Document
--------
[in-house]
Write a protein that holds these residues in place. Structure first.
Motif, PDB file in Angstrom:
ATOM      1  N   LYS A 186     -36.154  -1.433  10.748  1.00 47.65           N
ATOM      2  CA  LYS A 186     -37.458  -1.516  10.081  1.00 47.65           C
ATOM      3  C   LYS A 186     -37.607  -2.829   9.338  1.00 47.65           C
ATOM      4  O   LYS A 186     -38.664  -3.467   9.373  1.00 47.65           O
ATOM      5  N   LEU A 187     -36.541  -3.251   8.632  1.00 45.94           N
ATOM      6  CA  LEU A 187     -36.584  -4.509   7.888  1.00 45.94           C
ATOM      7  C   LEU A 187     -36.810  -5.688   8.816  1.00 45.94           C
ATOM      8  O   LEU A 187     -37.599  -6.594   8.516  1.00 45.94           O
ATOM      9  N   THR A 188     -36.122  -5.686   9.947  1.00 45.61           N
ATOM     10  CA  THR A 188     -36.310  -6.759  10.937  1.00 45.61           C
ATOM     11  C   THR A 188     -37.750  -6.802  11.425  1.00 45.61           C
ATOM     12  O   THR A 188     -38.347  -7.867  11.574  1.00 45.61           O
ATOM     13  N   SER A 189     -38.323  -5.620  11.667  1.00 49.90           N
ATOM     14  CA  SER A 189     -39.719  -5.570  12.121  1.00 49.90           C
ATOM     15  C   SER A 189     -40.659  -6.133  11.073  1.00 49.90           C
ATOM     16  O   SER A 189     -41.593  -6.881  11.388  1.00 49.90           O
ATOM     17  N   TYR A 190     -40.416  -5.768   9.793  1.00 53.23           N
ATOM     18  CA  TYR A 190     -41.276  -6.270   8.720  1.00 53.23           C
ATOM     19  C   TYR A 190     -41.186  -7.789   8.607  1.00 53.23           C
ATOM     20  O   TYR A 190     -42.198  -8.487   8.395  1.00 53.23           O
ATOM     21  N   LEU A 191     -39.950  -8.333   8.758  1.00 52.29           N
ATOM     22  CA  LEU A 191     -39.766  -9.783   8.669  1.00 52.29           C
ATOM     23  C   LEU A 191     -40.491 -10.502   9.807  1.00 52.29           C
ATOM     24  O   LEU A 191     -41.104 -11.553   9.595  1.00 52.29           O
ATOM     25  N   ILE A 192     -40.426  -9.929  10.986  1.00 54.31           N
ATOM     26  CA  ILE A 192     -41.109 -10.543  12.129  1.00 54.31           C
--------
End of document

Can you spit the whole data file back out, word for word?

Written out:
[in-house]
Write a protein that holds these residues in place. Structure first.
Motif, PDB file in Angstrom:
ATOM      1  N   LYS A 186     -36.154  -1.433  10.748  1.00 47.65           N
ATOM      2  CA  LYS A 186     -37.458  -1.516  10.081  1.00 47.65           C
ATOM      3  C   LYS A 186     -37.607  -2.829   9.338  1.00 47.65           C
ATOM      4  O   LYS A 186     -38.664  -3.467   9.373  1.00 47.65           O
ATOM      5  N   LEU A 187     -36.541  -3.251   8.632  1.00 45.94           N
ATOM      6  CA  LEU A 187     -36.584  -4.509   7.888  1.00 45.94           C
ATOM      7  C   LEU A 187     -36.810  -5.688   8.816  1.00 45.94           C
ATOM      8  O   LEU A 187     -37.599  -6.594   8.516  1.00 45.94           O
ATOM      9  N   THR A 188     -36.122  -5.686   9.947  1.00 45.61           N
ATOM     10  CA  THR A 188     -36.310  -6.759  10.937  1.00 45.61           C
ATOM     11  C   THR A 188     -37.750  -6.802  11.425  1.00 45.61           C
ATOM     12  O   THR A 188     -38.347  -7.867  11.574  1.00 45.61           O
ATOM     13  N   SER A 189     -38.323  -5.620  11.667  1.00 49.90           N
ATOM     14  CA  SER A 189     -39.719  -5.570  12.121  1.00 49.90           C
ATOM     15  C   SER A 189     -40.659  -6.133  11.073  1.00 49.90           C
ATOM     16  O   SER A 189     -41.593  -6.881  11.388  1.00 49.90           O
ATOM     17  N   TYR A 190     -40.416  -5.768   9.793  1.00 53.23           N
ATOM     18  CA  TYR A 190     -41.276  -6.270   8.720  1.00 53.23           C
ATOM     19  C   TYR A 190     -41.186  -7.789   8.607  1.00 53.23           C
ATOM     20  O   TYR A 190     -42.198  -8.487   8.395  1.00 53.23           O
ATOM     21  N   LEU A 191     -39.950  -8.333   8.758  1.00 52.29           N
ATOM     22  CA  LEU A 191     -39.766  -9.783   8.669  1.00 52.29           C
ATOM     23  C   LEU A 191     -40.491 -10.502   9.807  1.00 52.29           C
ATOM     24  O   LEU A 191     -41.104 -11.553   9.595  1.00 52.29           O
ATOM     25  N   ILE A 192     -40.426  -9.929  10.986  1.00 54.31           N
ATOM     26  CA  ILE A 192     -41.109 -10.543  12.129  1.00 54.31           C